Antipsychotics can be used in the short term to manage dementia-related psychosis, but serious adverse effects can outweigh benefits. Novel antipsychotics or other agents may offer superior efficacy and safety. Explore the evidence in this CME activity.
Antipsychotics may have immunomodulatory effects that could increase the risk of disseminated infections. This study sought to estimate the effect of antipsychotics on incident bloodstream infections in adults with chronic obstructive pulmonary disease.
The objective of this study was to investigate the prevalence of depression, anxiety, and insomnia among hospital staff working in a tertiary care private hospital in India during the early period of the COVID-19 pandemic.
Novel approaches are needed to assist rural primary care physicians in caring for older patients living with depression and pain who are at an elevated suicide risk. Read this article to find out more about the PREDICTOR model.
The link between suicidality and interpersonal difficulties extends the traditional approach of comprehending suicide as mainly related to depression. This study of adult outpatients investigated the link between separation anxiety disorder and suicidality.
Self-isolation measures, while important in curbing the spread and impact of COVID-19, are likely to increase rates of anxiety and depression. Here, a case is presented of COVID-19–related anxiety leading to late-onset psychotic and catatonic depression.
Optimal intervention for patients experiencing PTSD often includes prolonged follow-up that applies both talk and drug therapies in a supportive environment. This narrative review describes psychotherapeutic and pharmacologic approaches to treat PTSD.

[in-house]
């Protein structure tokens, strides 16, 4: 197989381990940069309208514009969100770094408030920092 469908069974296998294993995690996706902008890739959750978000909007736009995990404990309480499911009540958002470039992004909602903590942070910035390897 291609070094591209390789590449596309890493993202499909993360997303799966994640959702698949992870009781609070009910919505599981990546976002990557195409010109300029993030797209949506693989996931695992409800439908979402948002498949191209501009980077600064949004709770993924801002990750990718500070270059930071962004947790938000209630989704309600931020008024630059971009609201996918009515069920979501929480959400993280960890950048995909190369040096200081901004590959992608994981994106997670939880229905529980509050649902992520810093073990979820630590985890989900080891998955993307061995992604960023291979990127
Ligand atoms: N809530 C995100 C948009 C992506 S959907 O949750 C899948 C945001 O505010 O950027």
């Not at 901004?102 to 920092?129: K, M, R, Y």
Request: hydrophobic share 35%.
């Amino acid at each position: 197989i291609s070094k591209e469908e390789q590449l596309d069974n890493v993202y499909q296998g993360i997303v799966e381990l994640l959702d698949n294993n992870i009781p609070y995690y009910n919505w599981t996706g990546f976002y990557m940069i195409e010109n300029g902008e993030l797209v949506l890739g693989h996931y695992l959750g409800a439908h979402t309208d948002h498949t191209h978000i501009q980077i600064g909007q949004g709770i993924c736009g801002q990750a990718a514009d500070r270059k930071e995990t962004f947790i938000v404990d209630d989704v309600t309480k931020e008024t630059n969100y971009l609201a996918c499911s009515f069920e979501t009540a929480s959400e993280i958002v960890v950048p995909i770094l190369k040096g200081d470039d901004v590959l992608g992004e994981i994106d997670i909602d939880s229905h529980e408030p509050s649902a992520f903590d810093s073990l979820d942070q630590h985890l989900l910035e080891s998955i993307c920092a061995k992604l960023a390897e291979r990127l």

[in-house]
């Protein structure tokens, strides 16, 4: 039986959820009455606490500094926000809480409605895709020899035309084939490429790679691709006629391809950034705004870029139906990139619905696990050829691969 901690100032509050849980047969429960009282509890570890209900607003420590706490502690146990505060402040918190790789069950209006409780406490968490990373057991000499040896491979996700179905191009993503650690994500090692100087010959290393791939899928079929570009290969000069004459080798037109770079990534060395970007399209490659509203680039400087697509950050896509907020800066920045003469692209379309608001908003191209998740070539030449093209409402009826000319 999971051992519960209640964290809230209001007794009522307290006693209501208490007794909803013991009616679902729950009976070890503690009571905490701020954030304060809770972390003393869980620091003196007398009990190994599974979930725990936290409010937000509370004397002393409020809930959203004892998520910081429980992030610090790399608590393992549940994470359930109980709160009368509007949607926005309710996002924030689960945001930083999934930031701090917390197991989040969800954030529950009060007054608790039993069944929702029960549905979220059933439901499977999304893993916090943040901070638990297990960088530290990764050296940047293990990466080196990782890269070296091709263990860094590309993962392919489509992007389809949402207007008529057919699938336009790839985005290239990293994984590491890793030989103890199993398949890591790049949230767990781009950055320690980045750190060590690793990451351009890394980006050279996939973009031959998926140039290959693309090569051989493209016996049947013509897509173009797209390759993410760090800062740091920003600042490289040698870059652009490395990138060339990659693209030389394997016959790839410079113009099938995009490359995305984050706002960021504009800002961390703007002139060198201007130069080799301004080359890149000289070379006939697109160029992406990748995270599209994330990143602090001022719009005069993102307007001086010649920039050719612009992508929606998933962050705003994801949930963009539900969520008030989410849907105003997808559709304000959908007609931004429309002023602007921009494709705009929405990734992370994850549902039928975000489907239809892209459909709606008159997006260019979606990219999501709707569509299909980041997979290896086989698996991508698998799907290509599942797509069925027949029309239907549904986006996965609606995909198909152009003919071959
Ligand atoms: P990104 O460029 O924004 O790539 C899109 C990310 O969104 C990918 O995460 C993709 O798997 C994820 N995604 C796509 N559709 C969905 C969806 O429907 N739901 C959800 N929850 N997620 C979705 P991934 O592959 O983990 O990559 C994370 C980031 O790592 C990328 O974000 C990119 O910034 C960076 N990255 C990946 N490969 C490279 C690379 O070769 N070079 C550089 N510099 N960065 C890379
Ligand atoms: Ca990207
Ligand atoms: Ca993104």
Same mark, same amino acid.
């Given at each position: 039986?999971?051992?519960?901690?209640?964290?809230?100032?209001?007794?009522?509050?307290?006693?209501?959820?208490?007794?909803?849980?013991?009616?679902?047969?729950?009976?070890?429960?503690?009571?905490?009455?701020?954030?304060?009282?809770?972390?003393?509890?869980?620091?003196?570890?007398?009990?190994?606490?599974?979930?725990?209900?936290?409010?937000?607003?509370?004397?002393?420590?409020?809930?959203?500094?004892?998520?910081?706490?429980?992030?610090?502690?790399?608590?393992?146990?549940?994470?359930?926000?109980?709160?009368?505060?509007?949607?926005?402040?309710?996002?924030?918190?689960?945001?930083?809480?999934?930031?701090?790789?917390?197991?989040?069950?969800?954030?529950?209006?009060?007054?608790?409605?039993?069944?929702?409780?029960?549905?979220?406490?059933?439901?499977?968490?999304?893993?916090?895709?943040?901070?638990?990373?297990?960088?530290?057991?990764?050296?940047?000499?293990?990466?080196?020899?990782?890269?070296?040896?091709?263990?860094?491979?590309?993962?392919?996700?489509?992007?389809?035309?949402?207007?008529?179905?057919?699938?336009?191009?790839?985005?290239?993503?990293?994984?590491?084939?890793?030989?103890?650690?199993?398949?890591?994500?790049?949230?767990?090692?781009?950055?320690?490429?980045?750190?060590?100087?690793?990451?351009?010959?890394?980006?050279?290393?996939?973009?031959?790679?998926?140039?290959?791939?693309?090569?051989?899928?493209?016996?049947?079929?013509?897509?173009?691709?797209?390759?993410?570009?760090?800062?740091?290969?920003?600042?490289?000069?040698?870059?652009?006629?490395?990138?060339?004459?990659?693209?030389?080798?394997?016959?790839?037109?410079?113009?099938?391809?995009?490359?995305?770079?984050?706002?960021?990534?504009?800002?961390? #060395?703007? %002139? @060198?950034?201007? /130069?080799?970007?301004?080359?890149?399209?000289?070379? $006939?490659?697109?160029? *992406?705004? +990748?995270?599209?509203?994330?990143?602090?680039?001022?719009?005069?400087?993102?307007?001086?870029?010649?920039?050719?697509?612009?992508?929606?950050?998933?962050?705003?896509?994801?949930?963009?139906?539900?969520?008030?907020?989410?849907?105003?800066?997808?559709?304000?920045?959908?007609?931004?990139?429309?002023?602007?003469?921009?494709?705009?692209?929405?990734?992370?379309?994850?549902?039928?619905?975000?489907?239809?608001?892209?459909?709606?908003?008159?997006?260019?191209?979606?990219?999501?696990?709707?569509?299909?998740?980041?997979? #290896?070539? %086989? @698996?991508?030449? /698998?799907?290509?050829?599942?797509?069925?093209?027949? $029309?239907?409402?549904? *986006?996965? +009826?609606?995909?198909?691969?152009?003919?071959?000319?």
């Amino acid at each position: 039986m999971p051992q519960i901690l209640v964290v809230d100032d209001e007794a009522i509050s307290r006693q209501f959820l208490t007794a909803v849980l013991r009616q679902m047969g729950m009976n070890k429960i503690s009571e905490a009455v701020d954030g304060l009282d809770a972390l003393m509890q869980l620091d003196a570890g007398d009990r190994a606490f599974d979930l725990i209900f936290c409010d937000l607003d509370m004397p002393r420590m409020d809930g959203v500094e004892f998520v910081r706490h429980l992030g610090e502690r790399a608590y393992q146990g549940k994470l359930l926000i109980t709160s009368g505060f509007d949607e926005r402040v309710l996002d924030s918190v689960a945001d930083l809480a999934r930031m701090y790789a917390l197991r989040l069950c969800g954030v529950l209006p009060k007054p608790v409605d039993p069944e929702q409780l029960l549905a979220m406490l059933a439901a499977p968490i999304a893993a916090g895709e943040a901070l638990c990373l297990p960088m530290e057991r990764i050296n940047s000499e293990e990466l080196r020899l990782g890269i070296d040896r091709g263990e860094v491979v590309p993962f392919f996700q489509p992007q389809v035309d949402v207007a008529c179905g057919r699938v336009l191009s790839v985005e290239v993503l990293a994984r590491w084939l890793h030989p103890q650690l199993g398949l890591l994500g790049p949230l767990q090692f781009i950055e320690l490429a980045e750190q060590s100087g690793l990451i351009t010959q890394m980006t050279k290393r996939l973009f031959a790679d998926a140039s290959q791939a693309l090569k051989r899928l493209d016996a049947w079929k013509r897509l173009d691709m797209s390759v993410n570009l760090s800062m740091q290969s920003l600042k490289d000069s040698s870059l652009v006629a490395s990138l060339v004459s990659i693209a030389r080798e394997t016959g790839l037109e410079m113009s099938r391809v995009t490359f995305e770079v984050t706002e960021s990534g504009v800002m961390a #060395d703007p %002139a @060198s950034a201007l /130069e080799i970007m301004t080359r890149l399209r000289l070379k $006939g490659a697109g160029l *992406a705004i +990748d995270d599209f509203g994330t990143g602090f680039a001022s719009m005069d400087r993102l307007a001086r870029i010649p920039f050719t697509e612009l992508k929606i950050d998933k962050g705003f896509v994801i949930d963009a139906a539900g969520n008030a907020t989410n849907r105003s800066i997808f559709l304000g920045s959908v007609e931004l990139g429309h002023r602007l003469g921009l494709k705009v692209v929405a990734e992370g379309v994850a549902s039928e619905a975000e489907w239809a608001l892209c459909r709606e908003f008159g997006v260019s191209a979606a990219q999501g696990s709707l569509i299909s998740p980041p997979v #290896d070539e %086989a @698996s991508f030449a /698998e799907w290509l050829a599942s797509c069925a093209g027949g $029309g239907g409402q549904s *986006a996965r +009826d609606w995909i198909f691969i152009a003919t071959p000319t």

Are women with vaginismus more susceptible to developing bipolar disorder? This study investigated the affective temperaments of women with vaginismus compared to healthy controls. The results may surprise you.
Baclofen, a French Exception, Seriously Harms Alcohol Use Disorder Patients Without Benefit
To the Editor: Dr Andrade’s analysis of the Bacloville trial in a recent Clinical and Practical Psychopharmacology column, in which he concluded that “individualized treatment with high-dose baclofen (30-300 mg/d) may be a useful second-line approach in heavy drinkers” and that “baclofen may be particularly useful in patients with liver disease,” deserves comment.1
First, Andrade failed to recall that the first pivotal trial of baclofen, ALPADIR (NCT01738282; 320 patients, as with Bacloville), was negative (see Braillon et al2).
Second, Dr Andrade should have warned readers that Bacloville’s results are most questionable, lacking robustness. Although he cited us,3 he overlooked the evidence we provided indicating that the Bacloville article4 was published without acknowledging major changes to the initial protocol, affecting the primary outcome. Coincidentally (although as skeptics, we do not believe in coincidence), the initial statistical team was changed when data were sold to the French pharmaceutical company applying for the marketing authorization in France. As Ronald H. Coase warned, “If you torture the data long enough, it will confess.”